Will writes an education blog and most of his ideas and enthusiasms are practical and classroom related. Jane and Tony both come from a business perspective. Jane regularly has items of interest in her daily pick - I enjoyed Cappuccino U last week for instance. Hers is a good starting point. Tony has a very clear way of writing his blog, simple but inspiring.

I was very taken with the idea from Will, picked up on (here) that teachers must be users. I have widened the range of Web 2, collaborative, things I have been doing on the web, because this is where a big part of the future of elearning must be. As well as blogging, I have been using Moodle, to which my college is migrating from Blackboard, a great step forward if teachers can grasp the opportunities for collaborative learning it offers. I have been using RSS feeds, and would like to add one to the What's New page. I have been playing with and browsing Utube, Myspace and Flickr.

Some of this must get reflected in posted links. I am trying to rejig the ILT page but haven't found the formula yet.

I am finding it hard to punctuate elearning properly: it could be e-learning, elearning, eLearning, Elearning and others.

Tuesday, November 21, 2006

New Additions - Spelling

I have added a page which links some of the Spelling Quizzes to other resources, mainly pdf word lists at the moment. This reflects the way I have been teaching spelling over the past few years, both with groups and with one to one support. I use a word list to look at particular rules or patterns, have the learners write sentences using the words and use the quizzes to reinforce the learning at the end. Normally I'd do one rule a week and have tried to indicate how I would organize this with the numbers down the left. Some learners will go more slowly. I'd often back it up with individual look/cover/say programmes. You can compare this with the LEAP programme in Jenny Lee's "Making the Curriculum Work for Learners with Dyslexia", published by the Basic Skills Agency, details here. I came across this more recently. There are also references to LEAP deep in the DFES Framework for Understanding Dyslexia.

I have also posted an L2 spelling quiz, which is longer and gives more feed-back than usual. This was designed as a task sheet with oral feedback for a particular group of Level 2 candidates, doing the test with minimum of input. I have added the feedback to the quiz, but am unsure how this will go down with a range of learners aiming at the Level 2 end tests.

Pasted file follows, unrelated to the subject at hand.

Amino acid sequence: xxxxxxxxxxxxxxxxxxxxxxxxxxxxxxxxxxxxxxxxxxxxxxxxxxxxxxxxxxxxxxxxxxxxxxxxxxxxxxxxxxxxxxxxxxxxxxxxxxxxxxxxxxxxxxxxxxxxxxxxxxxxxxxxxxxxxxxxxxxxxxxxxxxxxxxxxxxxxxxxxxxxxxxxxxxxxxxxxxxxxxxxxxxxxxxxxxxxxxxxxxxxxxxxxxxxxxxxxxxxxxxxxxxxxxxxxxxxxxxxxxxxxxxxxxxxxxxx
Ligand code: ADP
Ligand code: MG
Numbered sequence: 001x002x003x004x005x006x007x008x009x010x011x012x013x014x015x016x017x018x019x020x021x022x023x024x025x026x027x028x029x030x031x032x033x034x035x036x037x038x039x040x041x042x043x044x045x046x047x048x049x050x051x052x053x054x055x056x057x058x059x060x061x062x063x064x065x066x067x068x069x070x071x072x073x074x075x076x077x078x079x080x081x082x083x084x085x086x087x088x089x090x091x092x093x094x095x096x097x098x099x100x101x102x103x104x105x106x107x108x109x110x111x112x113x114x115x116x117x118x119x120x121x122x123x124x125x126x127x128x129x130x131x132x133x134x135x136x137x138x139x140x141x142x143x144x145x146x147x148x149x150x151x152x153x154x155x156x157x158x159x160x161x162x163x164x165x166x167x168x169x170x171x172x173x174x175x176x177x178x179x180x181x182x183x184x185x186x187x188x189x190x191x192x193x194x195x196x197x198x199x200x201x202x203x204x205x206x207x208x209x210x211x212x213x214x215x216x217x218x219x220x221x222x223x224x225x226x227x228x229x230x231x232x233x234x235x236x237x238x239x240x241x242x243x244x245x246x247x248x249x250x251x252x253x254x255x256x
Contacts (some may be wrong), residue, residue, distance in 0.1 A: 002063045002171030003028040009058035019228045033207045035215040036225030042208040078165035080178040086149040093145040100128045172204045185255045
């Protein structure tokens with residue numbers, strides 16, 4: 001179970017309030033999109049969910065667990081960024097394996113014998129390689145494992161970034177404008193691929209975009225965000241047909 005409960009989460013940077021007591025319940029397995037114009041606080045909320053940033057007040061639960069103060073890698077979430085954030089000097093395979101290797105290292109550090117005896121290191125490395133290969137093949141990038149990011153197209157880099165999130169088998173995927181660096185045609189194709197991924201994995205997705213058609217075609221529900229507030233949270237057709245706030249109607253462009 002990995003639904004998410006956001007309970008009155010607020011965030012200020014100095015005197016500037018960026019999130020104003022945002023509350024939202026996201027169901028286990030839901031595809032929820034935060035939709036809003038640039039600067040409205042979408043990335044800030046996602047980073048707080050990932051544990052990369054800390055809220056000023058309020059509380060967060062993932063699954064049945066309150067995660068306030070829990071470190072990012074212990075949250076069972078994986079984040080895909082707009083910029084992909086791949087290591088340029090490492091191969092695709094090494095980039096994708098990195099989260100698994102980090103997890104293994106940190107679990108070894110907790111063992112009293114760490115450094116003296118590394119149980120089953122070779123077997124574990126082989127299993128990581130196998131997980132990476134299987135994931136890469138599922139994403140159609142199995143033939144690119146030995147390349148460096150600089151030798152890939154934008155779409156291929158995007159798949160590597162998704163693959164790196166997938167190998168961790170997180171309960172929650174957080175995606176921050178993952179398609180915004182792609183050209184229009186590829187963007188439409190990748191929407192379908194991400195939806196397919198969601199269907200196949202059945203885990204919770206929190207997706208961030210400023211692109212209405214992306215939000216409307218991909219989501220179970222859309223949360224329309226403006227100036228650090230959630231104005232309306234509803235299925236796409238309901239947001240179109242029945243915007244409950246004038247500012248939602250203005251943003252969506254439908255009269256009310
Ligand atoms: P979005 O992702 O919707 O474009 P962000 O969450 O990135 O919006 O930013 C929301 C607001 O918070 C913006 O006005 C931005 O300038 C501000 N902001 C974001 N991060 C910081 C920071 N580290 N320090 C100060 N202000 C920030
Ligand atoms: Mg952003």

Friday, November 17, 2006

Recent Additions

I have enjoyed finding useful resources on public Scottish sites recently. Two good examples are a store of worksheets and website links on Adult Literacies Online which is a little like the resources part of Talent. Sites like these are not necessarily easy to find what you are looking for, as either you go through sequentially - and the Scottish site is already up to 156 items since June - or you search which can be difficult if you don't know what you are looking for. Easy to organise from the point of view of website design though. On Talent you can search by curriculum reference.

The Learning and Teaching Scotland Core Skills site has some useful numeracy activities. I particularly liked 10% and similar which would be good for one to one, or self-study, or on a whiteboard. I found it difficult to align these activities with English and Welsh Curriculum or Key Skills levels and references. I understand that Scottish tutors have difficulty with our references, as in this guide (pdf: page 6) from CLAN. I have tried to avoid classifying resources on Activities English and Activities Maths completely by curriculum reference, but as the number of links grows it gets harder to find what you are looking for.

Wednesday, November 15, 2006

First Blog

There are not a lot of blogs around in Skills for Life at the moment. The first I came across was Keith Burnett's Bodmas Blog for maths teaching (not really numeracy), and then a small raft in Scotland, including Clan Gathering and Blogging for Numeracy Students, aimed at groups of learners.

For this blog I am really thinking about things I put on the Skills for Life website, and the ways I use these resources and other elearning techniques.